Clinically, burns are assessed primarily according to the percentage of the body surface involved and the depth of the burns. The former is principally of use in predicting the likelihood of systemic complications and death (see later). The latter
Fig. 9.1. Estimating the surface area of the body burned (rule of nines).
determines how the wound will heal and whether skin grafting likely will be necessary. The extent of burns in adults is determined by the rule of nines910 (Figure 9.1). In infants the head accounts for 18% and each lower limb 13.5%.11
Burns are categorized by depth into first, second, and third degree. First- and second-degree burns are both partial thickness, whereas third-degree burns involve complete destruction of all skin appendages. The most superficial type of heat-related damage, erythema, usually resolves in a few days. Even extensive first-degree burns usually heal in 10 to 14 days with no scarring. They are accompanied by blistering and are very painful. Second-degree burns heal more slowly, are relatively painless, and heal with scarring if not treated. Third-degree burns are painless, heal by granulation tissue, and scar if left untreated.12 Occasionally, most often in black-skinned races, burns are complicated by keloid scar formation characterized by tumor-like growth extending beyond the original injury.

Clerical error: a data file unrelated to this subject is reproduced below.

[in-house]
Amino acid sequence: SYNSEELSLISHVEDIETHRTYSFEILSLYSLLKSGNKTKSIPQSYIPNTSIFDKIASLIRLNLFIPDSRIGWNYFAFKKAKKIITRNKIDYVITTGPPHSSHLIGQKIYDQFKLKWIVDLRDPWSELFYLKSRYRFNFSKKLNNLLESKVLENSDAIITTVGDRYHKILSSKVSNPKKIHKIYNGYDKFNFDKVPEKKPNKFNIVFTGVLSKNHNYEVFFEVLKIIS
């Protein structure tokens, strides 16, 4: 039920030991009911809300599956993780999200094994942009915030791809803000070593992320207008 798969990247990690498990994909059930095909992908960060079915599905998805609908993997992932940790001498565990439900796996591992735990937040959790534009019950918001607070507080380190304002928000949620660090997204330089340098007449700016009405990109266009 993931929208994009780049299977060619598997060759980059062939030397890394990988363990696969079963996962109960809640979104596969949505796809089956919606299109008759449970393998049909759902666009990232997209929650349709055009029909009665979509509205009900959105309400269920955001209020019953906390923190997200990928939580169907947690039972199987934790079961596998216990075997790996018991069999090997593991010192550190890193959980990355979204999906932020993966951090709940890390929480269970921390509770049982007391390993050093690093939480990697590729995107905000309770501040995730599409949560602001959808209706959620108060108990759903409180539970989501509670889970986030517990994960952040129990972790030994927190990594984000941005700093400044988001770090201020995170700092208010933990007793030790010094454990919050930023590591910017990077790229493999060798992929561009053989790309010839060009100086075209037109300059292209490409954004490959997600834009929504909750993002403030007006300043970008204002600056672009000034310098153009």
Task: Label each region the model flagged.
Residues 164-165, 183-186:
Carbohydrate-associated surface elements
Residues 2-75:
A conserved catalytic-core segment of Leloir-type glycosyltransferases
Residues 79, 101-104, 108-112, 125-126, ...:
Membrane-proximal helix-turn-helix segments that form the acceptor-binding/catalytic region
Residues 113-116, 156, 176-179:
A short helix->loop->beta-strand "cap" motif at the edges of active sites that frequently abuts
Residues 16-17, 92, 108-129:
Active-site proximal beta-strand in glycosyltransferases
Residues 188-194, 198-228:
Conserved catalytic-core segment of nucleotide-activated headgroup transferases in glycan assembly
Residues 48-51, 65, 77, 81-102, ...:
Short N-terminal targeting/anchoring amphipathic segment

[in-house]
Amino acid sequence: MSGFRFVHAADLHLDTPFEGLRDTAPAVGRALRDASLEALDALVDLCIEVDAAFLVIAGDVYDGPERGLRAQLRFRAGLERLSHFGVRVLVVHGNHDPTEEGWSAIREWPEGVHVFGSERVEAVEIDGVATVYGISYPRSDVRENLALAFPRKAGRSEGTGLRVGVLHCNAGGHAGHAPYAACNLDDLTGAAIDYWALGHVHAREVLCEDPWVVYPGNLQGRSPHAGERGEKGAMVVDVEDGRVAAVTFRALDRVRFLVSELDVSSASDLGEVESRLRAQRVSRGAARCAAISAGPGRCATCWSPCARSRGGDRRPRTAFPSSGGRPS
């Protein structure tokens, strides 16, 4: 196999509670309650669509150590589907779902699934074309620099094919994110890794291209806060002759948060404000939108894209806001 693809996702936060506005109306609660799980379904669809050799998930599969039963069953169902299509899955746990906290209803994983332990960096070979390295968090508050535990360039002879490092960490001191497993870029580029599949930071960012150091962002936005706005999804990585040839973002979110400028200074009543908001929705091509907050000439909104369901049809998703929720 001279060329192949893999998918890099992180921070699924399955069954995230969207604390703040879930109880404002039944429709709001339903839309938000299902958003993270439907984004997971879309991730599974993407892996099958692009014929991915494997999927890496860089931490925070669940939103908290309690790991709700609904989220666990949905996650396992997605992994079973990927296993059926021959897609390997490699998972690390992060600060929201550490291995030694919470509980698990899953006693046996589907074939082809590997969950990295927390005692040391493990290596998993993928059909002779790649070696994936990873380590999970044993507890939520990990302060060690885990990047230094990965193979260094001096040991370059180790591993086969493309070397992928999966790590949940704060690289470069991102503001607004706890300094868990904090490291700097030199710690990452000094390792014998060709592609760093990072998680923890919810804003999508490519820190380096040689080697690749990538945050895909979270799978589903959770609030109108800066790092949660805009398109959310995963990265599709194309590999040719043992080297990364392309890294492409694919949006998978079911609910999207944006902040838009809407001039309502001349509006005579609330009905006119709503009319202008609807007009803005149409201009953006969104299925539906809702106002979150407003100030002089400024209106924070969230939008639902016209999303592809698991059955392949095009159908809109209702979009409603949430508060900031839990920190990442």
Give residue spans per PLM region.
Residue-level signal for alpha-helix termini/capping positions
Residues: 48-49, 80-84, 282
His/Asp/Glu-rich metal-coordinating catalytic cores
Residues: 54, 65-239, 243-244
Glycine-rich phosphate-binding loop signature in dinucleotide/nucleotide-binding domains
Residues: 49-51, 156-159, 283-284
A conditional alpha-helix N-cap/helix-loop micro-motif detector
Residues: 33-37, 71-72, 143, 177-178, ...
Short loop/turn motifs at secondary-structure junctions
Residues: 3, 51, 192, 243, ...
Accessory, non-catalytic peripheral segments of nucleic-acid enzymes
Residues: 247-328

Was this article helpful?